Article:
• The ancient crystalline and metamorphic rocks which are basically Granite, gneiss and schist form red soils on weathering because they contain iron oxide.
  • Soils derived from Lava Rocks are black coloured.
  • Sandy soils are derived from Sandstone.


  • The role of climate is to vary the inputs of heat and moisture. It affects the rate of weathering of the parent rock. Hot And Humid environments, in general, witness the most rapid weathering of parent materials.
ROLE OF PRECIPITATION: In areas that experience a lot of rainfall water percolating down through soil tends to leach nutrients and organic matter out of the upper layers, unless modified by other soil components like plant roots.
  • g. the soils underlying tropical rain forests tend to be nutrient-poor because of intensive leaching due to heavy rains; most of the nutrients are stored in the lush vegetation itself.
  • Conversely, in arid regions with little annual precipitation, high rates of evaporation encourage the accumulation of salts in the soil.
ROLE OF TEMPERATURE: Temperature increases the rate of reaction,  such as chemical reactions, evapotranspiration and biological processes. Wide fluctuations in temperature, especially in the presence of water cause shrinking and swelling, frost action and general weathering in soils.
  • g. Laterite soils are found in alternate wet and dry climate.
  • In Rajasthan, both granite and sandstone give birth to sandy soil irrespective of parent rock because of high temperature and wind erosion.


Biota, in conjunction with climate, modifies parent material to produce soil.
  • The kind and amount of plants and animals that exist bring organic matter into the soil system as well as nutrient elements. This has a great effect on the kind of soil that will form.
E.g. Soils Formed Under Trees are greatly different from soils formed under grass even though other soil-forming factors are similar.
  • The Roots Of Plants also hold the soils and protect them from wind and water erosion. They shelter the soils from the sun and other environmental conditions, helping the soils to retain the needed moisture for chemical and biological reactions.
TOPOGRAPHY (Relief, Altitude and Slope) Topography is often considered a passive factor modifying the effects of climate.
  • The relief is the most important factor for soil formation in places with steep slopes like the Hilly Regions, Edges Of Plateaus
  • Soil erosion on barren slopes is rampant and it hinders soil formation. Example: Chambal ravines, higher reaches of Himalayas where there is minimal or no forest cover (most on the steep southern slopes) etc.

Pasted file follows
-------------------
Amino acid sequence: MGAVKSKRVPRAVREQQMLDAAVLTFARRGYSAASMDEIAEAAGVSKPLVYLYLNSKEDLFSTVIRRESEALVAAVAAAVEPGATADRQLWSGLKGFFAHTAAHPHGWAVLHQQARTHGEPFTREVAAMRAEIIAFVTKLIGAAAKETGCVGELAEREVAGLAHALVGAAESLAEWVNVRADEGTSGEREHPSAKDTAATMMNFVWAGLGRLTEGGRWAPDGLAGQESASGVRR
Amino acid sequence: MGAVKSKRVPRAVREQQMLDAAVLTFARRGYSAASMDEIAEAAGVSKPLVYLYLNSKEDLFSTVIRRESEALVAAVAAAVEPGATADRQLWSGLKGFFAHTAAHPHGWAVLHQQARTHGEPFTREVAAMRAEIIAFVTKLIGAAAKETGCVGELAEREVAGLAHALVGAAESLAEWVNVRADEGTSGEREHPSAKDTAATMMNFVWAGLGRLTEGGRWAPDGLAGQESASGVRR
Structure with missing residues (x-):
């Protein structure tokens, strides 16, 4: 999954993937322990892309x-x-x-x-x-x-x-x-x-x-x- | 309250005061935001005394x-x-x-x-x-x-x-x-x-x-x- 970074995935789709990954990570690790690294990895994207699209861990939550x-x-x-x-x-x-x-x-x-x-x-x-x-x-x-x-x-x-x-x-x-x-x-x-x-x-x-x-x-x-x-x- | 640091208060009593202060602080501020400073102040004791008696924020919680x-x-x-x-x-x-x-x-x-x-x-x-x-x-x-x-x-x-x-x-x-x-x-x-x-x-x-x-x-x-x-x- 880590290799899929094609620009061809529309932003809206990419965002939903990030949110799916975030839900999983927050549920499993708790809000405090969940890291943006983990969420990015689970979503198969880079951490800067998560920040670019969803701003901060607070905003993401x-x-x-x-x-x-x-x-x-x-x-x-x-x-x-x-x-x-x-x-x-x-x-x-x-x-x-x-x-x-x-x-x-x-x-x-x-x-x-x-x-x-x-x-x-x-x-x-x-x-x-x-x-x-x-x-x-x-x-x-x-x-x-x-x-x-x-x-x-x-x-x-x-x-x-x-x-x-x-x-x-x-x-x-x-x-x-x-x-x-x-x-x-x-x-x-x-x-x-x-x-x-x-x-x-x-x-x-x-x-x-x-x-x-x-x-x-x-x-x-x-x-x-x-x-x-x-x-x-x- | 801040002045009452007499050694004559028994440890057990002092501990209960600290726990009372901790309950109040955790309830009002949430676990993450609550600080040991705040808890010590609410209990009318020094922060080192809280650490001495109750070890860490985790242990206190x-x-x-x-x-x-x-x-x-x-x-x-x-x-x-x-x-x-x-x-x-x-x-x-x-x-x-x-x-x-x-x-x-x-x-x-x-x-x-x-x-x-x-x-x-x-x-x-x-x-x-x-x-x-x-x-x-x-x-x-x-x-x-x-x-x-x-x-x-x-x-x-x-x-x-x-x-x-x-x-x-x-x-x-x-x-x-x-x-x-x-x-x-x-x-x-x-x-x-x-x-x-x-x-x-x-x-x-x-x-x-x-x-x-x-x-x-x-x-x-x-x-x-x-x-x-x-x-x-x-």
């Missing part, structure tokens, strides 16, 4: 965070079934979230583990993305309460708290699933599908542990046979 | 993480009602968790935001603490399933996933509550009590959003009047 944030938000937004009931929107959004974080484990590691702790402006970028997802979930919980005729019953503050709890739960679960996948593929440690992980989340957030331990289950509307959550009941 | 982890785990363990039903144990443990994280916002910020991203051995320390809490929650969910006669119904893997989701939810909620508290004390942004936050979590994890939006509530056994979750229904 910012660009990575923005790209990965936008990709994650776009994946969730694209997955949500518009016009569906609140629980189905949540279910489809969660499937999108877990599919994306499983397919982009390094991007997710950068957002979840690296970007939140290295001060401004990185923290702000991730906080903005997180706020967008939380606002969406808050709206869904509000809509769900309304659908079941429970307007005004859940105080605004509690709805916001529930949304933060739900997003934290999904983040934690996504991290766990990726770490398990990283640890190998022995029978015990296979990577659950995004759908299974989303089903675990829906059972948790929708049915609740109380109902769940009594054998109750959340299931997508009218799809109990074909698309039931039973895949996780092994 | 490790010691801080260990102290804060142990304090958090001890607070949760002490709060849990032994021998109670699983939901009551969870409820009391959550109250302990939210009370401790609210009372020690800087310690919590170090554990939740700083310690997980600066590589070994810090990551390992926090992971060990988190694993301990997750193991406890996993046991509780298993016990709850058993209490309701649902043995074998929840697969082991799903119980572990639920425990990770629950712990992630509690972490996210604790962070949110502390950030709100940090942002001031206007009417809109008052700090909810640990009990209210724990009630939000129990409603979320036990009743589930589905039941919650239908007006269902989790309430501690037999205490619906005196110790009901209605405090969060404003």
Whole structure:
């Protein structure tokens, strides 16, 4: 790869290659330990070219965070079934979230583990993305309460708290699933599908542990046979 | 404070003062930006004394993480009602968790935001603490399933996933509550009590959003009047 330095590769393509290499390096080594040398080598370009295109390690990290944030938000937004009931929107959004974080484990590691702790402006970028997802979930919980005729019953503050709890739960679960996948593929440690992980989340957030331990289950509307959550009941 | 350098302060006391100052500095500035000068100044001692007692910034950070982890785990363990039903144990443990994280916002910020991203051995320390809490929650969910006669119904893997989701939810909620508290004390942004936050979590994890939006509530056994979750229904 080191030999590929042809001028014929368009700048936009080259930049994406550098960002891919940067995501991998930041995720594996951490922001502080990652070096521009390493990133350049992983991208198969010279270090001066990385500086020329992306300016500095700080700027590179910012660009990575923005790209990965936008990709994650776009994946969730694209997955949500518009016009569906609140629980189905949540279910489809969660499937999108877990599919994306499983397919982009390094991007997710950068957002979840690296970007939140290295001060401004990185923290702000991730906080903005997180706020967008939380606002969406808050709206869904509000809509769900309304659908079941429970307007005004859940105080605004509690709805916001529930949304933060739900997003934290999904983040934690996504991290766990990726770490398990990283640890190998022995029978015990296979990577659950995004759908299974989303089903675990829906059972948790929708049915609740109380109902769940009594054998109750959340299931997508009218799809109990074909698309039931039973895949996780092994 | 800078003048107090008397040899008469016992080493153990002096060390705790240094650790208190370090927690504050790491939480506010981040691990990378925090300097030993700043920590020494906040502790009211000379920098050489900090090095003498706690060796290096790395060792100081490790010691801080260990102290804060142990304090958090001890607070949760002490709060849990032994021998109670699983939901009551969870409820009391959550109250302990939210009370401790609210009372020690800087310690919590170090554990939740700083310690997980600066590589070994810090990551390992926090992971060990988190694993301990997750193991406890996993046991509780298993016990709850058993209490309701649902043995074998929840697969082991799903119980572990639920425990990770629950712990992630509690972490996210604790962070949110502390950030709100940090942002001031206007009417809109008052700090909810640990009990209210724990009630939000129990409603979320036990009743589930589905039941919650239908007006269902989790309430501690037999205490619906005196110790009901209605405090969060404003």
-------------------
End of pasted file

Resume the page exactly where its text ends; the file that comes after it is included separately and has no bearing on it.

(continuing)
• The areas of low relief or gentle slope generally experience deposition and have deep soils. Example: Indo-Gangetic plain.

 Soils can take many years to form. Younger soils have some characteristics from their parent material, but as they age, the addition of organic matter, exposure to moisture and other environmental factors may change its features. With time, they settle and are buried deeper below the surface, taking time to transform. Eventually, they may change from one soil type to another.


Conversion from rocks to soils happens via four basic processes: ADDITIONS: Most additions occur at the surface. The most obvious ones include solar energy, water controlled by climate, and organic material derived principally from the vegetation. LOSSES: Losses occur both from the surface and from the deep subsoil. For instance, water is lost by evapotranspiration and carbon dioxide by diffusion at the surface and, on a more catastrophic level, large masses of soil can be stripped by erosion.


It refers to the physical movement of material within the soil. The material can be in the solid, liquid or gaseous form, the movement can be in any direction from and to any horizon. For instance clay, organic matter and iron and Aluminium Hydrous Oxides are commonly moved from the surface horizon to a subsurface horizon.


Transformations, involve the change of some soil constituent without any physical displacement. Chemical and physical weathering and the decomposition of organic matter are included here.